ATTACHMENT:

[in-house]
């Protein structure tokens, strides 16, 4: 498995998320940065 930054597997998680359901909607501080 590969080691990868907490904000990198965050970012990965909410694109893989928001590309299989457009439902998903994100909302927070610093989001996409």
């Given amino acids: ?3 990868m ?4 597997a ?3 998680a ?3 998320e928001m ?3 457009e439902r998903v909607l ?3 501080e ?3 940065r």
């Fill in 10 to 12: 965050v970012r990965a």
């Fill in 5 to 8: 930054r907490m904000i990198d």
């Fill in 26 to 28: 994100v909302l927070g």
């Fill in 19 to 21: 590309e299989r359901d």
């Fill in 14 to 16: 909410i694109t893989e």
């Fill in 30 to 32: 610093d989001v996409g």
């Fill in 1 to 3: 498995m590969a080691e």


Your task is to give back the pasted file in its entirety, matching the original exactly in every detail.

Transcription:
[in-house]
């Protein structure tokens, strides 16, 4: 498995998320940065 930054597997998680359901909607501080 590969080691990868907490904000990198965050970012990965909410694109893989928001590309299989457009439902998903994100909302927070610093989001996409």
């Given amino acids: ?3 990868m ?4 597997a ?3 998680a ?3 998320e928001m ?3 457009e439902r998903v909607l ?3 501080e ?3 940065r």
């Fill in 10 to 12: 965050v970012r990965a």
């Fill in 5 to 8: 930054r907490m904000i990198d």
């Fill in 26 to 28: 994100v909302l927070g």
């Fill in 19 to 21: 590309e299989r359901d």
């Fill in 14 to 16: 909410i694109t893989e």
């Fill in 30 to 32: 610093d989001v996409g």
């Fill in 1 to 3: 498995m590969a080691e």